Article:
It has certainly been a crappy year in the stock market so far in 2022, but there is a silver lining in the form of several tax strategies we can consider since it's been a down year, and I'd like to talk to you about one of them, a Roth conversion. My name is Laura Rotter of True Abundance Advisors, and this is a discussion I'm having with all of my clients this time of year.
So what is a Roth conversion you may ask. Well, it's the process of withdrawing some money from your tax deferred account, that is, maybe your rollover IRA.. It's money that you've never paid taxes on yet, and moving money, moving that money into a Roth IRA account. That is, an account that holds money that you've already paid taxes on so that it can grow tax free, and when you eventually withdraw the money, you don't have to pay taxes and you'll never be required to withdraw the money and pay taxes on it.
A tax deferred account, on the other hand, you will be required to take minimum distributions right now, legally at age 72. Or you may wanna take distributions to create your retirement paycheck. And so when would you do a Roth conversion? When you think the taxes you'd pay now on the withdrawal from a tax deferred account are lower than what they will be in the future, either because these distributions for your retirement paycheck will bump you into a higher tax bracket, or because your required distributions by the government will bump you into a higher tax bracket.
Or maybe you think tax rates today are lower than they're gonna be in the future, and so you'll be in a higher tax bracket. If either of those are the case, let's sit down and talk about a Roth conversion, but there are some caveats. Caveat number one. When you pay taxes on this withdrawal, that will be reported as income by the IRS,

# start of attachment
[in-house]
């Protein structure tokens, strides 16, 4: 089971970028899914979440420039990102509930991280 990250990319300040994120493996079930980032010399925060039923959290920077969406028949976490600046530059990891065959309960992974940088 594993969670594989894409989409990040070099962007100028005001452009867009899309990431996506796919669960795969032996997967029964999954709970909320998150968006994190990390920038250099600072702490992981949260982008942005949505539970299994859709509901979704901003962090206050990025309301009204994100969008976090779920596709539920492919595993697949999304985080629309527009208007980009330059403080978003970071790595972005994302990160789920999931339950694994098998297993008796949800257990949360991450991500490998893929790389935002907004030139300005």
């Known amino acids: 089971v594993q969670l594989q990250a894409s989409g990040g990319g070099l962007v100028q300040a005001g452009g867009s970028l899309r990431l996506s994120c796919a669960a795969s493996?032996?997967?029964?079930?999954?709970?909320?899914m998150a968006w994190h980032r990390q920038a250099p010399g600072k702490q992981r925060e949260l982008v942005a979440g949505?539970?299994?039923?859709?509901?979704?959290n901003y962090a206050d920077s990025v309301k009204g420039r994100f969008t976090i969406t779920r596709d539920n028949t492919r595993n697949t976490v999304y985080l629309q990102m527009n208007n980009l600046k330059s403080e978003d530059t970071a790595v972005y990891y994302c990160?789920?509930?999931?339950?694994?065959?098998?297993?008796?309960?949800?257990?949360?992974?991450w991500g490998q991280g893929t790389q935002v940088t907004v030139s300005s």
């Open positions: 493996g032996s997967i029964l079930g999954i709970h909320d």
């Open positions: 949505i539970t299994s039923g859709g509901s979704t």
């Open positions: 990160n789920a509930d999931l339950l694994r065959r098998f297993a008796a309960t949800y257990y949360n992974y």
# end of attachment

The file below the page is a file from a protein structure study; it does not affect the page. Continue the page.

make sure you have money outside in another account to pay those taxes. Also, make sure that you don't need the money for at least the next five years, because if you do a Roth conversion and then withdraw the money within five years, you will pay a penalty to the IRS. Also, since you'll be reporting higher taxable income, make sure that this doesn't affect the Medicare premium you pay.
That premium is determined by looking at your tax return two years ago, so you wanna make sure that you don't bump yourself up into a higher cost of Medicare. . And you also might consider if you're collecting social security, that you don't bump your income up to a number where you're paying higher taxes on that social security.
So you see there's a number of things to think about. So don't try this at home. Work with a financial professional when you consider how much money to withdraw, to convert from a tax deferred account to a Roth IRA. And I would be happy to work with you on your individual situation on this. So please reach out to me either at Laura@trueabundanceadvisors.com or you can call me at (914) 222-0832.
I'm looking forward to connecting with you and having a conversation and helping you to live your life on purpose. Thank you.